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May 12, 2008
Why John McCain Won
2008 in 2004
Ever since the 2006 congressional elections, and for probably even
longer, just about every pundit and media outlet has predicted that a
Democrat will win the presidency in 2008. This viewpoint has even
spilled over into the political futures markets, where traders
(presumably politically savvy predictors who are putting their money
where their mouth is) give Democrats a 61 percent chance of taking the
White House, compared to 39 percent for Republicans.
This conventional wisdom continues to permeate much of the politicos’
world despite the Republican nomination of an entirely electable John
McCain; and not to mention the destructive ongoing primary campaign on
the Democratic side, which only the deluded and the party’s public
relations personnel can describe as “healthy.”
Yet just as the conventional wisdom has been proven wrong on Rudy
Giuliani and possibly Hillary Clinton, it will again fail in November.
Barring any significant unforeseen occurrences (on par with a major
ethics-related scandal or a serious heart attack), John McCain will
become the next president of the United States.
This became more or less clear not upon his nomination, nor at the
beginning of this election cycle. John McCain won the 2008 election upon
the re-election of George W. Bush on November 2, 2004. Why would I say
something this outlandish? The two-part answer is simple – the economy
and the war in Iraq.
Whether it is a good thing or not, the issues that have and will
continue make a difference in presidential elections are military
conflicts and matters related to the economy.
is true that exit polls from November 2004 showed that moral values
transcended all other issues in importance, to the shock of media types
who were previously convinced that such archaic “values” ceased to exist
sometime around the Spanish Inquisition. But moral values have not been
a swing issue for years, and will not be for decades.
Indeed, most of the electorate is composed of static voters who will
vote for the same party as long as neither they nor their party undergo
significant ideological changes. For instance, those “values” voters
will usually vote for Republicans, as will nearly anyone with a B or
above in any legitimate economics class.
Those raised in an environment of dependency and self-victimization, on
the other hand, will inevitably vote Democratic in one election, only to
do it again in the next election because they’ll have forgotten that
their favorite politicians haven’t done anything to improve their lot or
eliminate their dependency.
Therefore, moral values, welfare, abortion and taxes are rarely swing
issues. This is why the main issues that will impact independents this
November will be their understanding of how the Iraq war is going, and
their understanding of how the candidates’ different economic policies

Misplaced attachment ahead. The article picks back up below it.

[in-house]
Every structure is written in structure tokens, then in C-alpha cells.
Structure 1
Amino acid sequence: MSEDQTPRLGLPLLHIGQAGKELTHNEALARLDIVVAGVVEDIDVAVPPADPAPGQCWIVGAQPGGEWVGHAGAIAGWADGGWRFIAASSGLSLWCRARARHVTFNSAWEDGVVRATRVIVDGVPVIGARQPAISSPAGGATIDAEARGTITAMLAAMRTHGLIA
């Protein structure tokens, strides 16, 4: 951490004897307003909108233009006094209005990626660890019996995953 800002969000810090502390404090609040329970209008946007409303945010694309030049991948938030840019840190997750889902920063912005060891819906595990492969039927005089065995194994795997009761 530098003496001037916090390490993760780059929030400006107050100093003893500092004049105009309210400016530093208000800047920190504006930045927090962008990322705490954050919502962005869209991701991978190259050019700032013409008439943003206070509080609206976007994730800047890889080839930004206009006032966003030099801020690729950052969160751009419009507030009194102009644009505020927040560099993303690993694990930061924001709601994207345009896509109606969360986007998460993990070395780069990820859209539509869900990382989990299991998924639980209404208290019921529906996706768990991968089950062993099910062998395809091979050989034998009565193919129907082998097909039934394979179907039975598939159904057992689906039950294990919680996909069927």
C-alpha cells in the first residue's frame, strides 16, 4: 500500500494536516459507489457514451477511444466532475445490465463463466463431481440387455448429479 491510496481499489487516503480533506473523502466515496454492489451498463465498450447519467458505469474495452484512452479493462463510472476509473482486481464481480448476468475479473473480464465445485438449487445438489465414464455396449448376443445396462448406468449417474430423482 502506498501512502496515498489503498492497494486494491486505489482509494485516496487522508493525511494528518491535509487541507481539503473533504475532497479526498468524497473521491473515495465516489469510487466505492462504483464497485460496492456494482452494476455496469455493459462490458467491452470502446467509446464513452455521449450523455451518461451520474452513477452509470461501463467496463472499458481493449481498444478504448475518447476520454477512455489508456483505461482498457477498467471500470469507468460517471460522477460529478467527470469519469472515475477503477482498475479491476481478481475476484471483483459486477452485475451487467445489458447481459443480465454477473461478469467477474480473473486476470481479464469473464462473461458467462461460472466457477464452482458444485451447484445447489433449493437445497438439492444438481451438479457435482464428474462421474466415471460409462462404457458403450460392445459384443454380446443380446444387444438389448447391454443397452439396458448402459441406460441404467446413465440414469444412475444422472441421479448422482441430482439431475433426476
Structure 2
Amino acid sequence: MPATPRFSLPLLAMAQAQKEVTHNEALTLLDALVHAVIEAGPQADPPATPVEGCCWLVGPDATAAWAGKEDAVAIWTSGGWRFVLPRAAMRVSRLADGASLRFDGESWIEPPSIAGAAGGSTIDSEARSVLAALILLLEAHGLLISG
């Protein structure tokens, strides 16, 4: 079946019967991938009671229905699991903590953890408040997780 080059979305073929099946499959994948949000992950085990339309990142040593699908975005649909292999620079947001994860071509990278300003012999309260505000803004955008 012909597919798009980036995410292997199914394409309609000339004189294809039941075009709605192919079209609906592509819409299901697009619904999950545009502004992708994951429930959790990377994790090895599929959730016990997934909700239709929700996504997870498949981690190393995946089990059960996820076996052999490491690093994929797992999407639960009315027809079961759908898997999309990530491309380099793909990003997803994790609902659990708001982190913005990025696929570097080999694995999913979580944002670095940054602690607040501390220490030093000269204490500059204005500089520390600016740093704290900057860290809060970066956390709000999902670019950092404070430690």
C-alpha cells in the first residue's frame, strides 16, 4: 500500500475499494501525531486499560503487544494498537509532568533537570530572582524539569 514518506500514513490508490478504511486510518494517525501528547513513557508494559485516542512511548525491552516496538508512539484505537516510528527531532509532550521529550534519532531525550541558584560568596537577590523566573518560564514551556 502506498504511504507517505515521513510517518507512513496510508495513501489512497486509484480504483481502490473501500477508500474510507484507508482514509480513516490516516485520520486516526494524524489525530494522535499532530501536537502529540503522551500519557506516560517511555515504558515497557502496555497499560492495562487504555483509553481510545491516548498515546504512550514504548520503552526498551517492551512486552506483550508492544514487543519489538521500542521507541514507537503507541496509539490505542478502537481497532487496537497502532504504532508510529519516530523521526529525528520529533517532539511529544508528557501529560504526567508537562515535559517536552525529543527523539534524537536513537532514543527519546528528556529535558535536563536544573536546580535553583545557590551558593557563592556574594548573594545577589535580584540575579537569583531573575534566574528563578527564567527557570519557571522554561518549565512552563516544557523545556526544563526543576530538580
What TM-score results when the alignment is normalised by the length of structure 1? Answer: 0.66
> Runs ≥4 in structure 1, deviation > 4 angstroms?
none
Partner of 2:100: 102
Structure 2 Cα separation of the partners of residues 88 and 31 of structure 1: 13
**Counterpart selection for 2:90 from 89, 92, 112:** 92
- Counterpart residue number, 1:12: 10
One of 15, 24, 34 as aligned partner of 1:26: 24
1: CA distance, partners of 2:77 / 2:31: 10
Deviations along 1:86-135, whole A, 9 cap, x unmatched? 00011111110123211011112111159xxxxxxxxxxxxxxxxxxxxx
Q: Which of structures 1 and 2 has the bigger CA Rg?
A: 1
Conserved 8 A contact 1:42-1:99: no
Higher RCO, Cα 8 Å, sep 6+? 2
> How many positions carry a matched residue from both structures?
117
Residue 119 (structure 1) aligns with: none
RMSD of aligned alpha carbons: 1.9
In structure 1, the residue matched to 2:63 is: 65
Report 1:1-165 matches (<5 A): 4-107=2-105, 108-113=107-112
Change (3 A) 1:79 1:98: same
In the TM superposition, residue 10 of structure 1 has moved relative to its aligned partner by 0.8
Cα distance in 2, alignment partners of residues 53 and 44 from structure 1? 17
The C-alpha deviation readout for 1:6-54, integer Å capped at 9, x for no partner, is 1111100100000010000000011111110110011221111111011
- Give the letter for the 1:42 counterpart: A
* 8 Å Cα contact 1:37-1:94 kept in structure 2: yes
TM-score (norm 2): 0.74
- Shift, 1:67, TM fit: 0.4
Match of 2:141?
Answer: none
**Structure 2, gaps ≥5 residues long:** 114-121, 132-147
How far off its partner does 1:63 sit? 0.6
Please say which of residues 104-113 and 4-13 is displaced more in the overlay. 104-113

will affect them (again, this group largely excludes the economically
Rewind to the fall of 2004. The Iraq war was not going as well as we had
hoped, and the popular credit given to President Bush for the capture of
Saddam Hussein 10 months earlier had already faded. But although the
greatest military in the world might face difficult short-term
obstacles, in the long run, given the time and resources to adjust, it
could win any war against insurgents.
the context of Iraq, four years from November 2004 indeed proved to be
enough for the U.S. military to demonstrate sustainable success against
its enemies. Assuming that John Kerry would have continued the fight in
Iraq, this success would have benefited whomever the incumbent was,
Republican or Democrat, along with his party.
Likewise, the recession that the Bush Administration inherited, and
which was exacerbated by the September 11 attacks, was coming to an end
in 2004, due in large part to the Bush tax cuts. It was clear at the
time to anyone not in the media that this was the beginning of a great
period of economic growth that, as economic cycles go, should continue
And indeed, President Bush’s second term ran alongside a period of
overwhelming economic success. Because this economic boom was largely a
result of the 2001 and 2003 Bush tax cuts, even John Kerry would have
inadvertently overseen a period of economic growth between 2004 and
2008. Incidentally, only hours after the 2004 election results came in,
we learned that the economy had added a mind-boggling 337,000 jobs in
The party of the 2004 election victor, Republican or Democrat, would
have been credited with both remarkable economic growth and immense
success in Iraq. Assuming the static voters stay where they are, the
independents have long been bound to swing toward whoever the 2008
Republican candidate is, delivering another White House term for the
GOP. The fact that the Republican nominee is John McCain, a darling of
independents, is just unnecessary overkill.
© 2008 North Star
Writers Group. May not be republished without permission.
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